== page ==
We’re thinking about dad this week. And in upcoming blog posts, we’ll be sharing essays, personal stories and remembrances of time spent with dad. Dad who always has the answers. Dad who knows all the questions. Dad who seems to know all.
But today, we have just one question: Why is it always so hard to buy a Father’s Day gift for dear ole dad?
That’s the one answer dads don’t give. They don’t say what they want. They’re not thinking about themselves. (They’re probably thinking about us.) But we’re thinking about them. And we think dads are a fascinating bunch. All that wisdom has to come from somewhere, right? From a lifetime of varied interests and endeavors. From a lifetime baseball and books. From a lifetime of appreciating the important moments. So, here are some gift ideas for dads who like to cook, garden, eat, laugh and think…
Look who’s making dinner! Twenty-one of our favorite writers and chefs expound upon the joys—and perils—of feeding their families. This book celebrates those who toil behind the stove, trying to nourish and please. Their tales are accompanied by more than sixty family-tested recipes, time-saving tips, and cookbook recommendations, as well as New Yorker cartoons.
Daniel Wallace’s Big Fish
In his prime, Edward Bloom was an extraordinary man. He could outrun anybody. He never missed a day of school. He saved lives and tamed giants. Animals loved him, people loved him, women loved him. He knew more jokes than any man alive. At least that’s what he told his son, William. But now Edward Bloom is dying, and William wants desperately to know the truth about his elusive father —this indefatigable teller of tall tales—before it’s too late.
Robert Olmstead’s The Coldest Night
Henry Childs is just seventeen when he falls into a love affair so intense it nearly consumes him. But when young Mercy’s disapproving father threatens Henry’s life, Henry runs as far as he can—to the other side of the world.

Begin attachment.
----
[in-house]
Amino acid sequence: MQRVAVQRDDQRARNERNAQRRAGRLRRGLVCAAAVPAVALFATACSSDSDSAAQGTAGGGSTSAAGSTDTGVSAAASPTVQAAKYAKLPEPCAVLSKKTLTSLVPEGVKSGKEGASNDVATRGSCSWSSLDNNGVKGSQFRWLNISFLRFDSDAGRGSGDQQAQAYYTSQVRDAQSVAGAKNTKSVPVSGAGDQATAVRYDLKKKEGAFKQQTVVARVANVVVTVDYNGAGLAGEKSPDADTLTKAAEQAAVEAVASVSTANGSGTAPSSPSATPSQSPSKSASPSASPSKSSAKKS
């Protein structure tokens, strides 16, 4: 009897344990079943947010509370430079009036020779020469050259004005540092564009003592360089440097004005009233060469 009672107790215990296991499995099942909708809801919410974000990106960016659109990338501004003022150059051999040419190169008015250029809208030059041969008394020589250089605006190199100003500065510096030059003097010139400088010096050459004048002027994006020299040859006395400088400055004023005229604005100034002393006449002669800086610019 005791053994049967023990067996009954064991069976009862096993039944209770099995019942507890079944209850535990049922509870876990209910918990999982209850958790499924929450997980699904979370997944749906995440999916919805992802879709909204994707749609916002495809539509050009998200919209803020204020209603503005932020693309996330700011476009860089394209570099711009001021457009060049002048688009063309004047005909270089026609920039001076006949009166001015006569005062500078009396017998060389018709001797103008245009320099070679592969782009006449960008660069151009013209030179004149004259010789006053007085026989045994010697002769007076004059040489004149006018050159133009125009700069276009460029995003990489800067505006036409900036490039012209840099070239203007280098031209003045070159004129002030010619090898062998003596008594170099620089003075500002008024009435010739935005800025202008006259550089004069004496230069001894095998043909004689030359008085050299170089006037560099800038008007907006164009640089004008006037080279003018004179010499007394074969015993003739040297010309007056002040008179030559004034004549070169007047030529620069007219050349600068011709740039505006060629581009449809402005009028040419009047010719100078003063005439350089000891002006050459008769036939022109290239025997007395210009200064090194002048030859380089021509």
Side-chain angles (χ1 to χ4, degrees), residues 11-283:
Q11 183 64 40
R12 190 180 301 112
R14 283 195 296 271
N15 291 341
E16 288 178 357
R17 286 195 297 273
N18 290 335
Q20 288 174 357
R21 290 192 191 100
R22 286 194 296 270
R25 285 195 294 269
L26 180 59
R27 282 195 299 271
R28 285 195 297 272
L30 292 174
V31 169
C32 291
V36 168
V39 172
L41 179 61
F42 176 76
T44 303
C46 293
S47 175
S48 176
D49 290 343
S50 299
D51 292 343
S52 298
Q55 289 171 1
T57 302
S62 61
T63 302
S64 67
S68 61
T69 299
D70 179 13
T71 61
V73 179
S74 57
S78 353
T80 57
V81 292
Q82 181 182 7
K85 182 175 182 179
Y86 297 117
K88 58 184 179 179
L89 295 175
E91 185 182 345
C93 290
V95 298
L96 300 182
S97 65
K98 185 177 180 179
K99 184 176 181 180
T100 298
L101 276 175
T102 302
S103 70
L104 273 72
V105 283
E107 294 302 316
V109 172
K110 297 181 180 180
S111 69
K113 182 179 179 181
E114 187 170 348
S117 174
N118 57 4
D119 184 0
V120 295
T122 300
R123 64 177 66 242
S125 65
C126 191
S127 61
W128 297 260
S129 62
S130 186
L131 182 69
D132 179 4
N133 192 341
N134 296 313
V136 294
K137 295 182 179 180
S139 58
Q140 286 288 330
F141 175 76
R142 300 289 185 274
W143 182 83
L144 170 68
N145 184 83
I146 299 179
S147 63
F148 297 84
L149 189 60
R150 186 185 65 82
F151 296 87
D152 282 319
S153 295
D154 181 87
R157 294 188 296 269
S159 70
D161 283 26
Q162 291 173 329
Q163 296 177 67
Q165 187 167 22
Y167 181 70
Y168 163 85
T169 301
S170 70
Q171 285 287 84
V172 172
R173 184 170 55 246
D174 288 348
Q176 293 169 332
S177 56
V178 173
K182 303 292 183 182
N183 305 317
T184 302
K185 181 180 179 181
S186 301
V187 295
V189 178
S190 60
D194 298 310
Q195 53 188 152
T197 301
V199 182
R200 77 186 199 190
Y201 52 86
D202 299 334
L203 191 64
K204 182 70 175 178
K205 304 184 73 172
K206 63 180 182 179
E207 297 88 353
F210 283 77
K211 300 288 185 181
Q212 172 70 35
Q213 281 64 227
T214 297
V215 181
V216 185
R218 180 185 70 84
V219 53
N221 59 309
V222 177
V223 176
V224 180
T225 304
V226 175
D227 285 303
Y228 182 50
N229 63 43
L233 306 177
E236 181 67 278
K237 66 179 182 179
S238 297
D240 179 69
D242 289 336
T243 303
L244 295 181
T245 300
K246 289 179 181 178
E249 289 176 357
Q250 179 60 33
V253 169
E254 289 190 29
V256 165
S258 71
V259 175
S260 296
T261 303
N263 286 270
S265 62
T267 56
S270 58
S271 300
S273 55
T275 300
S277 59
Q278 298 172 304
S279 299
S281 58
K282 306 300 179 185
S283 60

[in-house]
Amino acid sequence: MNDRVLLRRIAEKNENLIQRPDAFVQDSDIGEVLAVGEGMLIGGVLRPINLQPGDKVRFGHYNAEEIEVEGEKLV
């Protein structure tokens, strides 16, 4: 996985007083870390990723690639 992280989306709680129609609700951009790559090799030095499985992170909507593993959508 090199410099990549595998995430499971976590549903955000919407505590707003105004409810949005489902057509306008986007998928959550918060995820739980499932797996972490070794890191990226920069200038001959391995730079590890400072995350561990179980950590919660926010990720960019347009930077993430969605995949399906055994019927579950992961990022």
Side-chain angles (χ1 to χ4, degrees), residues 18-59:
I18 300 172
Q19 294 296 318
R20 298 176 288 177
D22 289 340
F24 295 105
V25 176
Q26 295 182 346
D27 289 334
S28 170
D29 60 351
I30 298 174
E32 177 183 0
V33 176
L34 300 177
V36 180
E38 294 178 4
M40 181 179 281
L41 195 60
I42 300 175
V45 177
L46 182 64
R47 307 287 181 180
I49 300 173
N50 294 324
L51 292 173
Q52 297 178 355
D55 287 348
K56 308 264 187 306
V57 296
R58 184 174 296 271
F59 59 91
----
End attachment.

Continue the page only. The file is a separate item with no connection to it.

Josh Wilker’s Cardboard Gods
The 1970s was a decade marked by Vietnam, Watergate, counterculture, sexual liberation, and stadium rock. For author Josh Wilker, it was a time spent navigating a challenging childhood in which only his prized baseball card collection could give him unfailing faith that a winning season would one day present itself.
William Alexander’s 52 Loaves
William Alexander is determined to bake the perfect loaf of bread. He tasted it long ago, in a restaurant, and has been trying to reproduce it ever since. Without success. But now he’s going to try again—every week for one year—until he gets it right. He will bake his peasant loaf from scratch. And because Alexander is nothing if not thorough, he really means from scratch: growing, harvesting, winnowing, threshing, and milling his own wheat.
William Alexander’s The $64 Tomato
When Alexander runs (just for fun!) a cost-benefit analysis, adding up everything from the live animal trap to the Velcro tomato wraps and then amortizing it over the life of his garden, it comes as quite a shock to learn that it cost him a staggering $64 to grow each one of his beloved Brandywine tomatoes. But as any gardener will tell you, you can’t put a price on the unparalleled pleasures of providing fresh food for your family.
Tags: $64 Tomato, 52 Loaves, Big Fish, Bill Alexander, Cardboard Gods, dad, Daniel Wallace, Father's Day, John Donohue, Josh Wilker, Man with a Pan, Robert Olmstead, Stay at Stove Dad, The Coldest Night